Studying the various encyclicals on social justice and the teachings of St. Benedict in her early years as a religious, Sister Jane was inspired to pursue ministries in the areas of social concern. After eighteen years of teaching, she spent five years taking care of the Sisters in the monastery infirmary. She graciously accepted this assignment, believing that the experience of helping her father care for her mother, who died of cancer at the young age of forty-nine, would be helpful in the infirmary ministry.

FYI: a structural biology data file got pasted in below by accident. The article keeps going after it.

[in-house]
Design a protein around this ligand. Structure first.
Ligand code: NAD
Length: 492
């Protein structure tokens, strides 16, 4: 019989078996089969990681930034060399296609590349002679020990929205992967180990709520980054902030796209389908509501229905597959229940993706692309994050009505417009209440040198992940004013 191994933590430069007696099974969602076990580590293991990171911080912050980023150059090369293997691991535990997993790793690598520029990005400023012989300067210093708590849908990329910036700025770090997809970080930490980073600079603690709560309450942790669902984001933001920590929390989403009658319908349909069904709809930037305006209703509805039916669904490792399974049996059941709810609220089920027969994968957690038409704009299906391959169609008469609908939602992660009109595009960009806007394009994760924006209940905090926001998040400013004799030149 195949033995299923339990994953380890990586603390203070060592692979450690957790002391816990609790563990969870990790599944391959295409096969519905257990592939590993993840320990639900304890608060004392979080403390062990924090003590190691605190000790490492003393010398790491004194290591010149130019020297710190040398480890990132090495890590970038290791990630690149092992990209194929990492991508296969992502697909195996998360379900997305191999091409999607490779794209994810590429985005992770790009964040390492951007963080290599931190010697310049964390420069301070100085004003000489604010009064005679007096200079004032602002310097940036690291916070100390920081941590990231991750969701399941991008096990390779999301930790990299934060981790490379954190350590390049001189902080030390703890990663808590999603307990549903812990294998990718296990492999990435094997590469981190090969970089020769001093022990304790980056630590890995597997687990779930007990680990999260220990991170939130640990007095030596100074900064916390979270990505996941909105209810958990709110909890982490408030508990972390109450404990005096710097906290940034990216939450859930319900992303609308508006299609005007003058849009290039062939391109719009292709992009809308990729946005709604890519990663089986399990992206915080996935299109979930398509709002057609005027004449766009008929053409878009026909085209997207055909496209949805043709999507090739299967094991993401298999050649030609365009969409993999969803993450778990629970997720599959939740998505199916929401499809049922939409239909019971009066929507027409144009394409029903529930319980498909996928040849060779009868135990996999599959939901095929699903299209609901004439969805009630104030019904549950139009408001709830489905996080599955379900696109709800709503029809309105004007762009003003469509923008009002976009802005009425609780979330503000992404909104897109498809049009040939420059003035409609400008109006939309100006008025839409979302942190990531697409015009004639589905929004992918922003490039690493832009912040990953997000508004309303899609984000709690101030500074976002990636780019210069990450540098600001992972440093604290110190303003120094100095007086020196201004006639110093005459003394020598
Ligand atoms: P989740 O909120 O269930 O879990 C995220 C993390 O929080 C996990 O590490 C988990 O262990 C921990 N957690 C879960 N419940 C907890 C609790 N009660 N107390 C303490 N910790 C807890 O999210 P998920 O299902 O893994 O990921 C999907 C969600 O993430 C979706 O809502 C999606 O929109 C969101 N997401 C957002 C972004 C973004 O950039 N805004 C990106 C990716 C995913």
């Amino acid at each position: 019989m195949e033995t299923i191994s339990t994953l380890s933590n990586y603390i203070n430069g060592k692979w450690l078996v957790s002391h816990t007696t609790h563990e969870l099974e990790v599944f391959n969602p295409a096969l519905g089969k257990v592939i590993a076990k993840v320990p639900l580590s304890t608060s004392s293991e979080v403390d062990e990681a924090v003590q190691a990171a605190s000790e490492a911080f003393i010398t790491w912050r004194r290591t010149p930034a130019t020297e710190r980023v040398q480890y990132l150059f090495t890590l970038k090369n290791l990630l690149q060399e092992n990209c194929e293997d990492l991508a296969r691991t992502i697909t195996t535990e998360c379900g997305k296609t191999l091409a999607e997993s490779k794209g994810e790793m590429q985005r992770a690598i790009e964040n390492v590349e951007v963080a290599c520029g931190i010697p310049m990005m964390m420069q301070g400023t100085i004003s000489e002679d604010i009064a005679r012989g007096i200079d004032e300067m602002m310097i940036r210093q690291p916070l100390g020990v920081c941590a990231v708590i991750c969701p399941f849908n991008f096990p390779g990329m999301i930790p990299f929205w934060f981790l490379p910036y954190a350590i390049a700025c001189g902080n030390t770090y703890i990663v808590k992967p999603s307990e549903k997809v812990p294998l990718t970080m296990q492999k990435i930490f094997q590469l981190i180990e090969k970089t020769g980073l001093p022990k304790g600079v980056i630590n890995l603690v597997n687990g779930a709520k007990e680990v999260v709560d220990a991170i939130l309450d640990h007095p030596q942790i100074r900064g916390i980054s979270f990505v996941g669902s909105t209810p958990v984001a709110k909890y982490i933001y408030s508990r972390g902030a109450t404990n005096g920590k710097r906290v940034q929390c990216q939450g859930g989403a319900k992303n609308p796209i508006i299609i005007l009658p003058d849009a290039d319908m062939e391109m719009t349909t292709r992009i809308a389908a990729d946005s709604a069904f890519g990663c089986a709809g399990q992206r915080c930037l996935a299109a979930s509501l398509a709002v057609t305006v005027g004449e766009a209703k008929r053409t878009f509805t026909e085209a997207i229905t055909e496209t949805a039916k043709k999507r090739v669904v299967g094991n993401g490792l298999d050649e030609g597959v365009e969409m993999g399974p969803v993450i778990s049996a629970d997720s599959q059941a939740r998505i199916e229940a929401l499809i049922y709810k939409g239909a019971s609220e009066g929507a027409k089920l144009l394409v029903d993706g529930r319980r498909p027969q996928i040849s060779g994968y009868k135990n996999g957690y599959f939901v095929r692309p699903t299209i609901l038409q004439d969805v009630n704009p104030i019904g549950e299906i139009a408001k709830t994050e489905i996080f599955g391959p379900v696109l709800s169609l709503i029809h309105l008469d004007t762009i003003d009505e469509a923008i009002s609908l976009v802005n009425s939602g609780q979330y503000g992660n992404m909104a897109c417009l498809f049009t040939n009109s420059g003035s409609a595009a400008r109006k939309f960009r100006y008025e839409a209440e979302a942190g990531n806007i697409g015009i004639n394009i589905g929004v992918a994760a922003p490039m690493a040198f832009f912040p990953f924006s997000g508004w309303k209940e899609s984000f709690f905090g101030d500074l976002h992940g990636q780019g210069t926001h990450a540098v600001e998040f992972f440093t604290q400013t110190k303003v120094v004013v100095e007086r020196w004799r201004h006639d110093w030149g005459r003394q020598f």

Following the infirmary ministry, she knew she was called to pastoral care ministry and served for three years as Director of Pastoral Care at Holy Spirit Church in Huntsville, AL. She then received fifteen months of chaplaincy training in Clinical Pastoral Education (CPE) and was accepted as Co-Director of Pastoral Care at St. Francis Xavier Parish in Birmingham. She began to look for peace and justice programs available in the area. She found that there was a small functioning lay committee very much involved in a tutoring program in Gate City, a nearby economically depressed area in North Birmingham. In the 1980’s, she was asked to be the St. Francis Xavier Staff Liaison to the newly formed Renew Team. The Renew process was initiated by the Diocese of Birmingham to assist in the spiritual renewal of parishes through small group discussions of Catholic Social Teaching and Catholic Social Action. The basic theme of this renewal effort was a reminder that social concern and action was not an option but integral to living the fullness of the Catholic faith.